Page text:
Cannabis stocks are suffering their worst losses since late 2018, including shares of leading companies like Canopy Growth and Aurora Cannabis posting double-digit percentage declines so far through the month of July.
Meanwhile, HORIZNS MARIJUANA ETF isn’t faring a whole lot better. It’s also down just shy of 10% for the month.
Given the meteoric rise in pot stocks over the past couple of years, is last week’s sell-off perhaps a warning sign that the rally in licensed cannabis producers is finally over?
It’s difficult to say, because there is still so much that we don’t know about how cannabis markets will eventually play themselves out.
For starters, Canada at present is still only one of two countries where cannabis can legally be bought and sold, along with Uruguay, which first legalized recreational cannabis for sale and consumption back in 2013.
In Georgia and South Africa, possession of cannabis for recreational purposes is legal, but the sale of the drug is still prohibited.
Other G-20 nations like Australia, Germany, and Israel, meanwhile, have begun to gradually roll out legalized medicinal markets for pot but appear to remain years behind where Canada is today.
The red herring in all of this, of course, is the United States market.
Recreational pot is now legal across 11 states in the U.S., including Illinois, which has so far decriminalized the drug, but with official legalization not expected to come into effect until January 1, 2020.
The United States in December passed the Farm Bill Act, which, among other initiatives, formally lifted the ban on the cultivation of industrial hemp — a move that could eventually pave the way towards greater demand for CBD-related products, purported to offer many of the same medicinal properties as the cannabis plant, but without any of the unnecessary psychoactive by-products.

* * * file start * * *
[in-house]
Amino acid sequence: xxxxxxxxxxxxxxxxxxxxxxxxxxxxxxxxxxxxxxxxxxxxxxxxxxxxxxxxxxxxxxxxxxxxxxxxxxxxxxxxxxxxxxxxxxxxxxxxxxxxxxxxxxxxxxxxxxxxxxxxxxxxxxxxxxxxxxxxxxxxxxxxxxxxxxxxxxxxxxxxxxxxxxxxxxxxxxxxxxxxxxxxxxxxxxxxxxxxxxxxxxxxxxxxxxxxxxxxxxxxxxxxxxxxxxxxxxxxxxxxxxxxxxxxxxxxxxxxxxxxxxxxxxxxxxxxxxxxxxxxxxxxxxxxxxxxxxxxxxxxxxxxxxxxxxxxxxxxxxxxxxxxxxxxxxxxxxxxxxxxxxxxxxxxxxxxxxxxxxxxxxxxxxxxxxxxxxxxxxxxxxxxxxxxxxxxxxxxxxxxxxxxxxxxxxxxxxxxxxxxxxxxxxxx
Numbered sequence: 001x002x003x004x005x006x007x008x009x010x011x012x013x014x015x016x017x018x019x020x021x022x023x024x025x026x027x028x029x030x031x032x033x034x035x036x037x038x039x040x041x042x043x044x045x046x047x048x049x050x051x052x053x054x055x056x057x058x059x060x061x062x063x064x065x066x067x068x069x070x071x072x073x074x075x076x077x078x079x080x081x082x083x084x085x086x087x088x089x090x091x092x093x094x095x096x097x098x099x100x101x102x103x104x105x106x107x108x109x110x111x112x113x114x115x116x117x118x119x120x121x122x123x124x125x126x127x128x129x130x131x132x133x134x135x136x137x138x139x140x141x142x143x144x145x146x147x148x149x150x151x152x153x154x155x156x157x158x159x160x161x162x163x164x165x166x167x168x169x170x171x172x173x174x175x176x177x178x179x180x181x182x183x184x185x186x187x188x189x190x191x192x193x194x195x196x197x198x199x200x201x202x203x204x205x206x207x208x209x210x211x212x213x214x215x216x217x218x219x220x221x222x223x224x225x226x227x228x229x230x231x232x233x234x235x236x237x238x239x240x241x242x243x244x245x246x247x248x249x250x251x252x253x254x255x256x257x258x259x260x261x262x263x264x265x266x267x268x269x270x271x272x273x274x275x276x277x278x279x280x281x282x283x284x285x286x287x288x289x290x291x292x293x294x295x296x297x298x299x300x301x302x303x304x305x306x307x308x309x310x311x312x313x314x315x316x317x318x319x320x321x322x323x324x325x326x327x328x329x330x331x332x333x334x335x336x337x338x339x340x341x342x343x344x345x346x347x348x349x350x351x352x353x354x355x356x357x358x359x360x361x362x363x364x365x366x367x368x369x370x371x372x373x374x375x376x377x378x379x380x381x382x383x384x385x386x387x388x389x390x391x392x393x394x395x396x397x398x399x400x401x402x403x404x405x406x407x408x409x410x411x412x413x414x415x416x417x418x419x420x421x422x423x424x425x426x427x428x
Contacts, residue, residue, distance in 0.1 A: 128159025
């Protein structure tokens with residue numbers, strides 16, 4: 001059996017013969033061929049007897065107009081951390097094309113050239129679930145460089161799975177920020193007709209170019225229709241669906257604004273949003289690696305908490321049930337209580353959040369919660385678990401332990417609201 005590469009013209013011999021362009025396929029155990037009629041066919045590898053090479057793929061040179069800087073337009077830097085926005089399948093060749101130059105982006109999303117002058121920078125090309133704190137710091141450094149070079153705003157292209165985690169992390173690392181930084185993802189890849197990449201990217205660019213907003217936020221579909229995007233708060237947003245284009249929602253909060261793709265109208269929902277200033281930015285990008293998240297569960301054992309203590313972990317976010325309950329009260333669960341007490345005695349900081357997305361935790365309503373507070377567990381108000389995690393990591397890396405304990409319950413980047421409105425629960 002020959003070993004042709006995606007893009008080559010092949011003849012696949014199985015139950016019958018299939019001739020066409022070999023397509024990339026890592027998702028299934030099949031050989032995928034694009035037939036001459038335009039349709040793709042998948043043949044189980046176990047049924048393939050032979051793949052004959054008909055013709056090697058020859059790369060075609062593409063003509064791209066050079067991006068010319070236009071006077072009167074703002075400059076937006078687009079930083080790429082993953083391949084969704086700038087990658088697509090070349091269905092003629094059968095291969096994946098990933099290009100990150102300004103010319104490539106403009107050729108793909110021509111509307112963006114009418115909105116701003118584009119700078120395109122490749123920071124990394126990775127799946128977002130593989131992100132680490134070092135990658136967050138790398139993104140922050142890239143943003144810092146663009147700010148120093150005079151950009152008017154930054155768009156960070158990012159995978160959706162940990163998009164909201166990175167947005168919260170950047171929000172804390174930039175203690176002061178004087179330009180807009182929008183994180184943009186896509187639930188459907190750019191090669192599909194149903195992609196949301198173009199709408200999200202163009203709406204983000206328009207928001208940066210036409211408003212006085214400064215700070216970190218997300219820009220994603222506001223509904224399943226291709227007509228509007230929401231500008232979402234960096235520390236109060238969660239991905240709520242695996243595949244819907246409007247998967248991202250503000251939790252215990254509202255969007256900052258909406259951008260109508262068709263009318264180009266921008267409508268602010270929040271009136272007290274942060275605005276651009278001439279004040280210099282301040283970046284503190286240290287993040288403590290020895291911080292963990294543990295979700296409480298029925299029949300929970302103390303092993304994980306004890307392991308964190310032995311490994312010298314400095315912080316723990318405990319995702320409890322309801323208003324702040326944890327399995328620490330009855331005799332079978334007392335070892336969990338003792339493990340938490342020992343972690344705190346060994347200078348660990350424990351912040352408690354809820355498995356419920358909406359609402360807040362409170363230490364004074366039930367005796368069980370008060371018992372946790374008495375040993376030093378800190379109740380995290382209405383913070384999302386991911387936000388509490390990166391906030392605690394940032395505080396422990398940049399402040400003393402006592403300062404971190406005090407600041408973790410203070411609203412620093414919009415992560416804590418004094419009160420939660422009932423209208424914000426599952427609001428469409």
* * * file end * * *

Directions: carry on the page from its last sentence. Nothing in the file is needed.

Cannabis bulls will certainly be hoping that the U.S. feds adopt a more liberal policy towards legalization, as not only does the U.S. market represent a significantly larger opportunity, but it could also pave the way for other major developed nations to loosen their own policies as well.
Ultimately, that could lead to a massive expansion in the size of the available market for pot and potentially even pot market derivatives.
While experts had originally forecast that the size of the legal Canadian market for cannabis would end up being somewhere between $5 billion and $10 billion in sales annually, industry pundits are now forecasting that the market for cannabis globally could reach as high as $250 billion in annual revenues.
Foolish bottom line
While those types of forecasts will certainly be the type to get the bulls’ mouths salivating, one can also be sure that American (and other nations) business interests will be eager to secure their own share of the proverbial “pot pie.”
With valuations already stretched, Canadian cannabis investors may want to tread carefully in light of the current sell-off that we’re seeing right now, despite that there appear to be several interesting opportunities still available within the space.
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Fool contributor Jason Phillips has no position in any of the stocks mentioned.